Supertrees at Gardens by the bay

Singapore Tourism Board

You know that book you’ve always wanted to write? Well, now’s the time to get started with our round-up of creative writing tips from the British Council’s literary arts platform, Writing the City.  

1.Get rid of all distractions 
In this internet-focused age you have to make time to write. Lock yourself away, turn off your phone, messenger and get off facebook. Just focus on writing for 20 to 30 minutes. You’ll find that you’ll be able to concentrate better. You might want to take a short break, load up on coffee, do some stretches for 15 minutes and then do another spurt of writing. As a drastic measure, consider disconnecting your Wi-Fi. There’s a great app called Freedom which does this for you, thus potentially saving you many hours of working time from the rabbit hole that is the internet.

2. Focus on what’s in front of you. 
A good writer can make a short walk across an empty room seem interesting. Try with what you can see now, beyond the computer screen on which you are reading these words. What’s the view out of the window? What does the floor look like? The walls? What sounds can you hear? What smells? This kind of close focus in the stuff of good fiction. Get in the habit of noticing your surroundings.

3. Become an inveterate eavesdropper
To craft realistic dialogue, listen closely to speech patterns, especially syntax and cadences, of people around you. These can be your friends, acquaintances or even people within earshot of you in public places. Get into the habit of jotting down phrases that could be useful to you in your work. Such a repository might come in useful when you next experience a bout of writer’s block. 

4. Read every day
Read, read, read – even if it’s only a bus timetable. Reading gives you language, ideas, jumping-off points. Take vocabulary from your reading and record it in your notebooks – any unusual words, odd sounding phrases, quotes you want to remember. Your notebooks then become a record of the journeys that you have taken in your reading.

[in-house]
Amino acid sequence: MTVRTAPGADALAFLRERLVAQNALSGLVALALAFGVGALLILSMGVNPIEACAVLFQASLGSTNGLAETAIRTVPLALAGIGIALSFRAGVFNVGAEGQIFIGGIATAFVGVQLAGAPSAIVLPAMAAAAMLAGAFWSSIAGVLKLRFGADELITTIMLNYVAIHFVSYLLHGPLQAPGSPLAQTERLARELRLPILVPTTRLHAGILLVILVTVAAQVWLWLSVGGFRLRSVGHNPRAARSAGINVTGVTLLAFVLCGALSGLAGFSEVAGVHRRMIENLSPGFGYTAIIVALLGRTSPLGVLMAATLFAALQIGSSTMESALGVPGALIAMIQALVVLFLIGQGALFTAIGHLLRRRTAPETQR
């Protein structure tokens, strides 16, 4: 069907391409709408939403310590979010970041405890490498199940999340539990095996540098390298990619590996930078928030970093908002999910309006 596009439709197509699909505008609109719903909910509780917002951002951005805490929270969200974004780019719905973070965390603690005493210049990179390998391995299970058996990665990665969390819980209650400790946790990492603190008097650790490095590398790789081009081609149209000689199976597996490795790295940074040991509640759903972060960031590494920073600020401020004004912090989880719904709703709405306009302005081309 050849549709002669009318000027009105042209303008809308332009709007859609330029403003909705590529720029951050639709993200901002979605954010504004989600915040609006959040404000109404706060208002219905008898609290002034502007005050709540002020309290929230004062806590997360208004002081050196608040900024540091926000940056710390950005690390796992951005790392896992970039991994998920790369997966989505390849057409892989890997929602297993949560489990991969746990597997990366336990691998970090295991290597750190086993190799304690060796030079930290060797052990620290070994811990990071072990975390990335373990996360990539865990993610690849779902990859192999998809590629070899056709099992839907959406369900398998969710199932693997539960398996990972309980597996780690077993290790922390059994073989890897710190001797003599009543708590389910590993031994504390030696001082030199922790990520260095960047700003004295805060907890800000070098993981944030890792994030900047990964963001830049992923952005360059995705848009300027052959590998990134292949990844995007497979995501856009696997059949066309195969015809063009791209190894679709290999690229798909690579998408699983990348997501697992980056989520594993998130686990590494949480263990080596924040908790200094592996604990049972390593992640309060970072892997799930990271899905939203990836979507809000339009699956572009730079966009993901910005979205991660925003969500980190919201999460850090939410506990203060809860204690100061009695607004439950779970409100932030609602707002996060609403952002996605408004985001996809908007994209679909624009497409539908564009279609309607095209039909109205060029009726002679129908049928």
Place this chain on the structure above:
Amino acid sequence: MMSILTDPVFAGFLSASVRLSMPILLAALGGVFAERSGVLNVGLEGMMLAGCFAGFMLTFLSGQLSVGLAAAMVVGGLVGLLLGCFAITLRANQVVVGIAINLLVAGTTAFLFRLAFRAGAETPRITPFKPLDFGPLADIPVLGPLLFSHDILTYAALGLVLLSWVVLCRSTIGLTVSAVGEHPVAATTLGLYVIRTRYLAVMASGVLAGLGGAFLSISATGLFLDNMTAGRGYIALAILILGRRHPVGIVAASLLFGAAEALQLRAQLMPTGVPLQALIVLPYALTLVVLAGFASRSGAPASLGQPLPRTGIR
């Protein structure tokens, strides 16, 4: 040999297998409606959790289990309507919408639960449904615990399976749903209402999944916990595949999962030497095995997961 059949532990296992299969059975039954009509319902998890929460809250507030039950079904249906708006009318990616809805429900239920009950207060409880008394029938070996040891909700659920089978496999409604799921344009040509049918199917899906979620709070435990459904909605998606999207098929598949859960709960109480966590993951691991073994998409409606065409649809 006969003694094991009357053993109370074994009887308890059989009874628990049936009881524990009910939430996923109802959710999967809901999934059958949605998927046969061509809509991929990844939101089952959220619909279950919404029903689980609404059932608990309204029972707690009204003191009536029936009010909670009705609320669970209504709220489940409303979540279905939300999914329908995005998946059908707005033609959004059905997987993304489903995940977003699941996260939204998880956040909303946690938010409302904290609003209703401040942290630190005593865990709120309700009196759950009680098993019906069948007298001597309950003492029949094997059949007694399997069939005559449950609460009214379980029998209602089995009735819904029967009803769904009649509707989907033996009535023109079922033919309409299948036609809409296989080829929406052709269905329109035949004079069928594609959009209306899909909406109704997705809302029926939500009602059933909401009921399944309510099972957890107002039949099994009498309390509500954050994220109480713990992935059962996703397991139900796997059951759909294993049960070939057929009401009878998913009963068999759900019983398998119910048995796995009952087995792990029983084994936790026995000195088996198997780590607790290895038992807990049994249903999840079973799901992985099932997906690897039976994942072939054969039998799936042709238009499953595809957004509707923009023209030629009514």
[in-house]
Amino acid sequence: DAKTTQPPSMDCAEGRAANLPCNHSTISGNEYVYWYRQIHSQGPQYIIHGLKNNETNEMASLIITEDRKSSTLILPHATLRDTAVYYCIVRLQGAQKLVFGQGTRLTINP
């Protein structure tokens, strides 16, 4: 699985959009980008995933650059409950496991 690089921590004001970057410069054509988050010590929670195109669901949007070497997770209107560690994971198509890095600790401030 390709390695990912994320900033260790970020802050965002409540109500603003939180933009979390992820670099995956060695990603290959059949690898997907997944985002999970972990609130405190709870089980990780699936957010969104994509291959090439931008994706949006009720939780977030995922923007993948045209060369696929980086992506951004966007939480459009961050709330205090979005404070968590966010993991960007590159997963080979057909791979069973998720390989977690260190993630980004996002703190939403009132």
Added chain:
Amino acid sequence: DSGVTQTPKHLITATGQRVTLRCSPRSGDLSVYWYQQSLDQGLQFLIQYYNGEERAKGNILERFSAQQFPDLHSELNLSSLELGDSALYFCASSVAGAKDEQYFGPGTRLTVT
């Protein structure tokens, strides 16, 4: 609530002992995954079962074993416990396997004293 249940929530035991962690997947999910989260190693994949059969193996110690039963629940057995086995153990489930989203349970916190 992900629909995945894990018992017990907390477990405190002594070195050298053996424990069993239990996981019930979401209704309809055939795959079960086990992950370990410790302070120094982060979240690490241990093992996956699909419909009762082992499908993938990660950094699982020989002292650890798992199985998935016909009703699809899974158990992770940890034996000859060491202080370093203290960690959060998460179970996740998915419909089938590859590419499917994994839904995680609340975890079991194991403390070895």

5. Don’t expect instant perfection
Your characters need to be written before they’ll become fully rounded people. You don’t know who they are when you first start writing them, as you haven’t really spent enough time with them yet. Don’t expect to know them completely right away. Getting to know them over time is part of the point - uncovering them as you go along.

6. Don’t be greedy
Do not be greedy when you write. There’s often a temptation, especially when it’s going well, to write until you’re ready to drop. Many working writers know the value of leaving something for the next day. Some even deliberately finish a day’s work in the middle of a sentence. Leaving something incomplete might make you want to return to it more strongly the next day. 

 • Writing the City is a community of new, emerging and established writers who share their work, give and receive feedback and get invaluable opportunities to take their writing forward. We focus on writing inspired by city life. To join us, visit